Can I Buy A Tire And Put It On Myself
Changing your own tires is a job you can handle yourself if you already have rims attached to your tires. Anyone can do it with the right knowledge, practice and confidence to build the skill.
If you want to save yourself from the spending that goes with getting a mechanic. Plus all the travel time to the garage, waiting around, delays, and headaches that go along with it. You can join the many people who have embraced the freedom of not paying mechanics to do the job.
You’d realise how easy it can be if only you set your heart to do it. It really comes down to jacking up the car and changing the tires on your own.
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Is It Safe to Do the Actual Tire Change?
Yes, you can do an actual tire change with the right tools. it does involve getting your car up in the air. But that’s where a little forethought goes a long way.
A lot of people are often afraid that the jacked car can fall on you. First, when the car is jacked, never go under the vehicle as it isn’t important to do so.
Also, most car jacks come with instructions. if you jacked your car following the jack placement in your vehicle owner’s manual, you’ll be just fine.
Most vehicles have moulded plastic on the bottom with a cleared area exposed metal specifically for the jack. If you have a jack stand, place it under a secure point of the vehicle frame before you remove the wheel.
Your jack will also work correctly if you choose the appropriate place to change your tire. Concrete platforms, not softer asphalt, are preferred for this purpose.
A jack stand can actually sink into thin asphalt, especially on a hot day when it gets softer.
Tire Changing Made Easy: The Instructions
Step-One: Put your car into first gear and apply the handbrake. For automatic transmissions, put the car into “park”.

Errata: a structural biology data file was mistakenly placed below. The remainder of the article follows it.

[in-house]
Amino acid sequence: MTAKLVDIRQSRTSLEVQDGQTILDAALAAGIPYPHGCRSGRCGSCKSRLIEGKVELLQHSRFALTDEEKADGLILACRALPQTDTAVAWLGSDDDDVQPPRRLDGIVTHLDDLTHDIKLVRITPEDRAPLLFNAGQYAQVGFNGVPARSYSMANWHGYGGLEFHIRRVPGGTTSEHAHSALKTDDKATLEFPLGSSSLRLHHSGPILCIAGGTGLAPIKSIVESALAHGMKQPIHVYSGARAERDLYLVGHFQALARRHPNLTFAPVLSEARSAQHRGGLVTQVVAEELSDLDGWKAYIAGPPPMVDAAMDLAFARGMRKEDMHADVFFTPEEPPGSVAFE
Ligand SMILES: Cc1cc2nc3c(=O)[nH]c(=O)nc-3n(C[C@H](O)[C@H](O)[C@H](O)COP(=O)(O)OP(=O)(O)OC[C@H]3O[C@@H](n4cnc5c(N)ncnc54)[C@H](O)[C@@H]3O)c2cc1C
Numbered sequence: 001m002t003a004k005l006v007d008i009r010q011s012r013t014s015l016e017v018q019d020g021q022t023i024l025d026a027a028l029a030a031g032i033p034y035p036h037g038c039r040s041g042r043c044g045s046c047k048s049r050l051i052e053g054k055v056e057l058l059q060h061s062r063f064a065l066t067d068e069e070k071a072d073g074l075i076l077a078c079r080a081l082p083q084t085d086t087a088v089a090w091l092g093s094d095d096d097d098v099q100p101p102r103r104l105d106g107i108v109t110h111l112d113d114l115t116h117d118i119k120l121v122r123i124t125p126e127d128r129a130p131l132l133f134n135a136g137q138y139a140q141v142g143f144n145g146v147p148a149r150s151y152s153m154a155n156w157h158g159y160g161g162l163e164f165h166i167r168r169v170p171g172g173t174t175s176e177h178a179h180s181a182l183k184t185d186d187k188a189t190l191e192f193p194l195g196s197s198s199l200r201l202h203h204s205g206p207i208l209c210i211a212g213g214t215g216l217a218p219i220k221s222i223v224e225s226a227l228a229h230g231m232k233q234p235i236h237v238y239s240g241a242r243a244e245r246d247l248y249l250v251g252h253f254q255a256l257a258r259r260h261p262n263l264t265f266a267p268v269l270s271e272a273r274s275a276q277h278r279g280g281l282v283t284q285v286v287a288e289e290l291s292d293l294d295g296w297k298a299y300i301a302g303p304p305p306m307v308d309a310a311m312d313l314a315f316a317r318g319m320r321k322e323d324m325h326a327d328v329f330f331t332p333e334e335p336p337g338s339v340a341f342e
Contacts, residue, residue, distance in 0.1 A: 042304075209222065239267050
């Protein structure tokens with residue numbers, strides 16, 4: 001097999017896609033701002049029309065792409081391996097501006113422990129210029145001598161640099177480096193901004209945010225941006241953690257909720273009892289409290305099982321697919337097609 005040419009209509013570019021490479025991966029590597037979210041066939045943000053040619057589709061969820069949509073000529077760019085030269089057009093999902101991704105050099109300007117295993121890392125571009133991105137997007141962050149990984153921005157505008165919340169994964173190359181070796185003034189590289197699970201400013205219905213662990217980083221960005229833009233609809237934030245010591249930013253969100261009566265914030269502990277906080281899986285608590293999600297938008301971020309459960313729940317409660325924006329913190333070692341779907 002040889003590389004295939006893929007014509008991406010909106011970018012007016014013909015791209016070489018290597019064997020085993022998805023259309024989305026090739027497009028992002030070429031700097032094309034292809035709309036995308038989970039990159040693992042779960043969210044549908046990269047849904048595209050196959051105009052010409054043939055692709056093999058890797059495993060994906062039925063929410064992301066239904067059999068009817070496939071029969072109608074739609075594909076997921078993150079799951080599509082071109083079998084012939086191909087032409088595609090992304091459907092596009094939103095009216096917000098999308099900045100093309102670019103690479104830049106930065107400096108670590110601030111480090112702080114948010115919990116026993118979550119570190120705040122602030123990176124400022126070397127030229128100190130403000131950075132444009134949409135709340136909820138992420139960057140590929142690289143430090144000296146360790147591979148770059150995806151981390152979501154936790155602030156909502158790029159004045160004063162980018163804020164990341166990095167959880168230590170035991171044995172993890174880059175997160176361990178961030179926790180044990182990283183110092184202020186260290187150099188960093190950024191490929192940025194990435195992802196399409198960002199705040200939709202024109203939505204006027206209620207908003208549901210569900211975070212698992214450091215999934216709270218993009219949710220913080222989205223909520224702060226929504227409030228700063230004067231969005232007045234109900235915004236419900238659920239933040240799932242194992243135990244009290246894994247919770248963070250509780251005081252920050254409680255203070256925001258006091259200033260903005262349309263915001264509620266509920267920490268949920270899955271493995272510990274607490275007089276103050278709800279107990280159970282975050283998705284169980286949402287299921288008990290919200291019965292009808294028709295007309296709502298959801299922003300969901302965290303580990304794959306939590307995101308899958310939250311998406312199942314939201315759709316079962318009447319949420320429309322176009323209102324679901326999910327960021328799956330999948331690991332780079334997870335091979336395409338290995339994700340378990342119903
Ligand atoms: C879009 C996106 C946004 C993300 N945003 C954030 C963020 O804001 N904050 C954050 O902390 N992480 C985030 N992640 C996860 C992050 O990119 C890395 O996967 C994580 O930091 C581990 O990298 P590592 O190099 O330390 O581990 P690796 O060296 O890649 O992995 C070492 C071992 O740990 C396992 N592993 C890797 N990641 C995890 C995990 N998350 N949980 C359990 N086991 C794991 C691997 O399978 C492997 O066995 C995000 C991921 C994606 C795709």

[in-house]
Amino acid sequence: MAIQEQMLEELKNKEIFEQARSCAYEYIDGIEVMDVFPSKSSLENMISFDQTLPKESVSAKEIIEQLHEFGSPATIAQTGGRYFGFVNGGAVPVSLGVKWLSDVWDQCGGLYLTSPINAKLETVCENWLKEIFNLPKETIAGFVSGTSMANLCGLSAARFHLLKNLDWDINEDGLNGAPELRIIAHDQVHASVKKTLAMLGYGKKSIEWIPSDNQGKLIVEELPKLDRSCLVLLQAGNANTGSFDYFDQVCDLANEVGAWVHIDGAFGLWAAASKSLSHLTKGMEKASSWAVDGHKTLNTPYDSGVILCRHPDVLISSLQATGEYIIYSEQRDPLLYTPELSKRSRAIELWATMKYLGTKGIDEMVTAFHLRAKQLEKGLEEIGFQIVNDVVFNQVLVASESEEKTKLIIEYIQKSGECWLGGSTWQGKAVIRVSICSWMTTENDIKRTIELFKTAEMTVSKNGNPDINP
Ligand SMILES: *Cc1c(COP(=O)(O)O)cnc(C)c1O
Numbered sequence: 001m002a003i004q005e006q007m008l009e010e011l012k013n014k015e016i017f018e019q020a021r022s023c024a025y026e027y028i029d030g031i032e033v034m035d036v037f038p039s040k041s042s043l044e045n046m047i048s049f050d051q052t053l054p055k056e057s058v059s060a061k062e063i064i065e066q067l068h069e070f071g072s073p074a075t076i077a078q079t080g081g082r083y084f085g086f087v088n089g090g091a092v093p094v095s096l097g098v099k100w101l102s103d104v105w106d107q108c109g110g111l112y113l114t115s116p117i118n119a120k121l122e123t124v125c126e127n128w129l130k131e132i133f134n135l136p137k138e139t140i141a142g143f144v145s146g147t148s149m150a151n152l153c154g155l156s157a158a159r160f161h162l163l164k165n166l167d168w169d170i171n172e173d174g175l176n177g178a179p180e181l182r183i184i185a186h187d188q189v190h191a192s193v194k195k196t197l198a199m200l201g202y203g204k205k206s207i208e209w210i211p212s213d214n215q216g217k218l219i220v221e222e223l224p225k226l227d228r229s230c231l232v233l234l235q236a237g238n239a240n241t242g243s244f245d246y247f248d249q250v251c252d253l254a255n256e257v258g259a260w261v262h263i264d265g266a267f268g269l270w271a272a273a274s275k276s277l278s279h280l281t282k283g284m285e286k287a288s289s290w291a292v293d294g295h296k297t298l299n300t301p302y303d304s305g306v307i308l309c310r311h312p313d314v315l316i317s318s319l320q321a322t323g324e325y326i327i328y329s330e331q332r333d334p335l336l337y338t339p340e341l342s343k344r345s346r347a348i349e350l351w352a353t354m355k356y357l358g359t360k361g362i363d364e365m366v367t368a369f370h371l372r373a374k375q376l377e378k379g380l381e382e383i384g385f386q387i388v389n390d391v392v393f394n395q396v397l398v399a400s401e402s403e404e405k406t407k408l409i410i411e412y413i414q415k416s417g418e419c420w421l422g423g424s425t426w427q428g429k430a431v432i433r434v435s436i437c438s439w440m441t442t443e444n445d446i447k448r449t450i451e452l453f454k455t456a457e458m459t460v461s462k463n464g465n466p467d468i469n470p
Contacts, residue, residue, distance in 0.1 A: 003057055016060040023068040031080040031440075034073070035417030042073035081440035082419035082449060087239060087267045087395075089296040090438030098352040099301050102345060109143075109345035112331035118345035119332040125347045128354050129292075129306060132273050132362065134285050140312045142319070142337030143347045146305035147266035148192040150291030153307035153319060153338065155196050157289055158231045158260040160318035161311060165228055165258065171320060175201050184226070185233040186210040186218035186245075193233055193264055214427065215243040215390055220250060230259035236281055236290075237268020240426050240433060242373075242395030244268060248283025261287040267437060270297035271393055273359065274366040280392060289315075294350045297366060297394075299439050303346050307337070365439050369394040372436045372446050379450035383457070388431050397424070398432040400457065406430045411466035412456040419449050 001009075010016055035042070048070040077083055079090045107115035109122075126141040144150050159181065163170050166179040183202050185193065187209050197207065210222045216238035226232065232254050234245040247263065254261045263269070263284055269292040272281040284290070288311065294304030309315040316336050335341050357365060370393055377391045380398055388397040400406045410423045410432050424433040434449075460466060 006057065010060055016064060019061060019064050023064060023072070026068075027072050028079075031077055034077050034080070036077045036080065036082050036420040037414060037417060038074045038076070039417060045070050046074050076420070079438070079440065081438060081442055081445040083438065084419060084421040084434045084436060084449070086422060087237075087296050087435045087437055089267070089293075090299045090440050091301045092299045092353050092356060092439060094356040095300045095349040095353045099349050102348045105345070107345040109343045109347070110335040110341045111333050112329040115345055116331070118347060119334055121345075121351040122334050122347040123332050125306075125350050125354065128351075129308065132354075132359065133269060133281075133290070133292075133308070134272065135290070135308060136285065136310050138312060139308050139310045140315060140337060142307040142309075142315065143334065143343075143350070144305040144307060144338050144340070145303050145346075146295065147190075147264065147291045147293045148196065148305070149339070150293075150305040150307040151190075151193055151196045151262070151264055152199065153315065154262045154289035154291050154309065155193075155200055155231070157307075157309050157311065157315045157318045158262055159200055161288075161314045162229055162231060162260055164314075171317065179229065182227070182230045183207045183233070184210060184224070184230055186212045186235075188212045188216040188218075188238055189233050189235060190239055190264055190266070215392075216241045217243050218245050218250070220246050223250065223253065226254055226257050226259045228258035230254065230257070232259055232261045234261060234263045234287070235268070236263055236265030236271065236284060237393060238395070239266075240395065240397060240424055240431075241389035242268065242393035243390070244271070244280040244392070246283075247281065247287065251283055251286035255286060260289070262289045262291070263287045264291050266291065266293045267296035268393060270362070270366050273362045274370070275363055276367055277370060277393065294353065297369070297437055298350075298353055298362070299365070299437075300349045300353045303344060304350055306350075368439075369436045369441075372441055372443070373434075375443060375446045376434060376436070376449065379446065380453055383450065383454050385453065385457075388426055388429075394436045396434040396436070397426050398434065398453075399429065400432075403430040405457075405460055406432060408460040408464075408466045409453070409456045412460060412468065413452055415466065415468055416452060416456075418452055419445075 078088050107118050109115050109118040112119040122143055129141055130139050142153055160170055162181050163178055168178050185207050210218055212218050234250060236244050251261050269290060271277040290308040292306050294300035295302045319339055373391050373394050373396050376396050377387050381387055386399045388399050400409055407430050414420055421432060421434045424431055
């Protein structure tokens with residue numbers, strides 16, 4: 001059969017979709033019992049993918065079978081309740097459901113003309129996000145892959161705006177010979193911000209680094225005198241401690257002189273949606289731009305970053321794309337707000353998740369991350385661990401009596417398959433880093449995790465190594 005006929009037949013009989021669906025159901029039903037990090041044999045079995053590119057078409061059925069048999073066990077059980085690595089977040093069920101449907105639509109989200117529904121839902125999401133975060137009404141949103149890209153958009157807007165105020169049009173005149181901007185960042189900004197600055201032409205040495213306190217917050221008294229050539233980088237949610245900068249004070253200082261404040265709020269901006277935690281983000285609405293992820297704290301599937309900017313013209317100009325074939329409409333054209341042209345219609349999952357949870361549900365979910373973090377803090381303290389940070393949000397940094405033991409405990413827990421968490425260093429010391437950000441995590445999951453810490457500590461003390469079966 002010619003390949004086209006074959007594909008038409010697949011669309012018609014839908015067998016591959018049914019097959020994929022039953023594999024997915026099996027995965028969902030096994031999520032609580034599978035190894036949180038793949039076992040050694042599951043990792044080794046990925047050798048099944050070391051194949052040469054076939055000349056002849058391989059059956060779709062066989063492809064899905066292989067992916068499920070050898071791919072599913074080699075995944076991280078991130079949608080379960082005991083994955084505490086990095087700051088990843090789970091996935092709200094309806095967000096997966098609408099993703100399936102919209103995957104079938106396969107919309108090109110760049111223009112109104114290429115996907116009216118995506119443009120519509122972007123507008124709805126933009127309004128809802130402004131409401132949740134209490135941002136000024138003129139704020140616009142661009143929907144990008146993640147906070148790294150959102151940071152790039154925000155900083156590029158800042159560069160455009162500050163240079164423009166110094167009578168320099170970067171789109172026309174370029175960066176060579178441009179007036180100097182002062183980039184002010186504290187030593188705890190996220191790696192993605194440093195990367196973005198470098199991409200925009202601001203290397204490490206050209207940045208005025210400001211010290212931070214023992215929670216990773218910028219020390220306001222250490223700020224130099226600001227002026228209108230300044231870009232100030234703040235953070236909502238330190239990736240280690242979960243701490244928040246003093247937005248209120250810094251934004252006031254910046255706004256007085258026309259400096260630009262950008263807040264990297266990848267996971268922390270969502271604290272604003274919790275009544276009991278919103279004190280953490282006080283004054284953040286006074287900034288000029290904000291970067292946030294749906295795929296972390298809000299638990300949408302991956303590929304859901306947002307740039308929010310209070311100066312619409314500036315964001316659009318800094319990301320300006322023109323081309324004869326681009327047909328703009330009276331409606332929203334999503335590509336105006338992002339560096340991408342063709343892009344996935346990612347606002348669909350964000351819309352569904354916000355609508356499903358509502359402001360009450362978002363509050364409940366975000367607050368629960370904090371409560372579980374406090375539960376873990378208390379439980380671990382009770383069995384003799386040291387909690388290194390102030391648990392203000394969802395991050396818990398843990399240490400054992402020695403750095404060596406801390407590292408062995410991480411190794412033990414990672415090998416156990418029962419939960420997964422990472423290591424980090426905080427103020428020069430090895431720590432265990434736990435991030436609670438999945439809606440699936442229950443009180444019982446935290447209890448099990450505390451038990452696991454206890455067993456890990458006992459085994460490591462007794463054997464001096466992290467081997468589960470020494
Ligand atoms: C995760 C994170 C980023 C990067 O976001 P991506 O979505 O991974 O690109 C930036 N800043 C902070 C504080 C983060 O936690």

Step-Two: Using a cross wrench, loosen all the wheel bolts.
Step-Three: Place the car jack at the point indicated on the car. Jack your car up so that the tire no longer touches the ground – a few centimetres is enough.
Step-Four: Remove all of the wheel bolts with the cross wrench. Take the wheel off the hub and mark it with your grease pencil.
Step-Five: Use the wire brush to remove any rust and dirt from the wheel hub. Then place the new wheel.
Step-Six: Refit the wheel bolts. Use the cross wrench to tighten them lightly at this stage.
Step-Seven: Lower your car using the car jack until the tyre makes contact with the ground. It shouldn’t be able to turn any more.
Step-Eight: Use the torque wrench to tighten up the wheel bolts to the stipulated torque. Always tighten the wheel bolts in a criss-cross pattern. This ensures that the wheel is seated correctly and snugly.
Step-Nine: Lower your car the rest of the way and then remove the car jack. Repeat these steps for all of the other wheels.
Will the Wheels be Tight Enough?
A tightened will has nothing to do with whether you fix it yourself or not. Even if you had your tires changed at a garage, the wheel bolts will still loosen over time. That’s because the wheels will no longer be as tight as they should be over time.
You can prevent loosen wheels by tightening the wheel nuts using a torque wrench when necessary. Ensure the wheel nuts follow the torque specifications in your car’s owner’s manual.
Changing your tire may seem like a mystery, but it isn’t. With the right tools, the process is easy. Whether you change your own tires or not, knowing how to change your wheels tighten is an important skill to have.
Also, once you get past the fear of changing your will and actually do it, all the questions will. Besides, changing tires is easier than assembling Swedish bookshelves.